Philosophical foundations of artificial consciousness

Chrisley, Ron (2008) Philosophical foundations of artificial consciousness. Artificial Intelligence in Medicine, 44 (2). pp. 119-137. ISSN 09333657

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Abstract

Objective: Consciousness is often thought to be that aspect of mind that is least amenable to being understood or replicated by artificial intelligence (Al). The first-personal, subjective, what-it-is-like-to-be-something nature of consciousness is thought to be untouchable by the computations, algorithms, processing and functions of Al method. Since Al is the most promising avenue toward artificial consciousness (AC), the conclusion many draw is that AC is even more doomed than Al supposedly is. The objective of this paper is to evaluate the soundness of this inference. Methods: The results are achieved by means of conceptual analysis and argumentation. Results and conclusions: It is shown that pessimism concerning the theoretical possibility of artificial consciousness is unfounded, based as it is on misunderstandings of Al, and a lack of awareness of the possible roles Al might play in accounting for or reproducing consciousness. This is done by making some foundational distinctions relevant to AC, and using them to show that some common reasons given for AC scepticism do not touch some of the (usually neglected) possibilities for AC, such as prosthetic, discriminative, practically necessary, and lagom (necessary-but-not-sufficient) AC. Along the way three strands of the author's work in AC - interactive empiricism, synthetic phenomenology, and ontologically conservative heterophenomenology - are used to illustrate and motivate the distinctions and the defences of AC they make possible.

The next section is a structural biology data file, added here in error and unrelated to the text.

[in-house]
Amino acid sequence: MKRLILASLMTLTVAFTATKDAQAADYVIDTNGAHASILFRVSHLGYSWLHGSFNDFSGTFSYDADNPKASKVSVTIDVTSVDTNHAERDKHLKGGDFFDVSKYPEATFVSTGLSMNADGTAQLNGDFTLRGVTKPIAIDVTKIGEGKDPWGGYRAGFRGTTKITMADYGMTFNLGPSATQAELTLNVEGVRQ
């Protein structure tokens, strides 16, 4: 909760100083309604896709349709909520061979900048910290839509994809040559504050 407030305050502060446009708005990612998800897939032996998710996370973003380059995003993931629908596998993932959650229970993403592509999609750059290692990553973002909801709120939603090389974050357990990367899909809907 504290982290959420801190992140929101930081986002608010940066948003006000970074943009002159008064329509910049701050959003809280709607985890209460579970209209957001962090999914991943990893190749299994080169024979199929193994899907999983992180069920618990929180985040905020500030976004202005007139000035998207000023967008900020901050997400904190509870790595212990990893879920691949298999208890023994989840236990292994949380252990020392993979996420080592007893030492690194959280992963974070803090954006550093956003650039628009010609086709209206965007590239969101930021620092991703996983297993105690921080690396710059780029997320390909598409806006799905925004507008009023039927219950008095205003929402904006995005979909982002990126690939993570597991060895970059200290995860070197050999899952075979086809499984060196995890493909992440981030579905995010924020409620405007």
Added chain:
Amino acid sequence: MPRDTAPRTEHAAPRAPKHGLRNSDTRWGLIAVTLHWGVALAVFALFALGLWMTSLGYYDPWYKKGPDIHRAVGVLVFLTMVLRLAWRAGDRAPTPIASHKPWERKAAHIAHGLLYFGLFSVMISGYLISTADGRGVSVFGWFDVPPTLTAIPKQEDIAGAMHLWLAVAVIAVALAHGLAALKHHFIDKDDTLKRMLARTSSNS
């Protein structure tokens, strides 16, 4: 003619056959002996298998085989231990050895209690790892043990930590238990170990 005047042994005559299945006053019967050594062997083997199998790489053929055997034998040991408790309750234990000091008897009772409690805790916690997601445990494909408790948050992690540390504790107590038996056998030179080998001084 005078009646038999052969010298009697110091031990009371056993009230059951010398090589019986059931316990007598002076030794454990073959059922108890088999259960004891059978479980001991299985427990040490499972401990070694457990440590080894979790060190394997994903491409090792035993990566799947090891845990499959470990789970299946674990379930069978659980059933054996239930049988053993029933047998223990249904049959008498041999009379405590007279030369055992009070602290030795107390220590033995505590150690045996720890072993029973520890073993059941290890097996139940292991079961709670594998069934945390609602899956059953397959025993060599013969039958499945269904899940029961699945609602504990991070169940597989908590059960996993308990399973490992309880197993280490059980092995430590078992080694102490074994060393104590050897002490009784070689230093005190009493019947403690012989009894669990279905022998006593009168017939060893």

Item Type: Article
Schools and Departments: School of Engineering and Informatics > Informatics
Depositing User: Ron Chrisley
Date Deposited: 06 Feb 2012 20:45
Last Modified: 13 Jun 2012 14:05
URI: http://sro.sussex.ac.uk/id/eprint/27984
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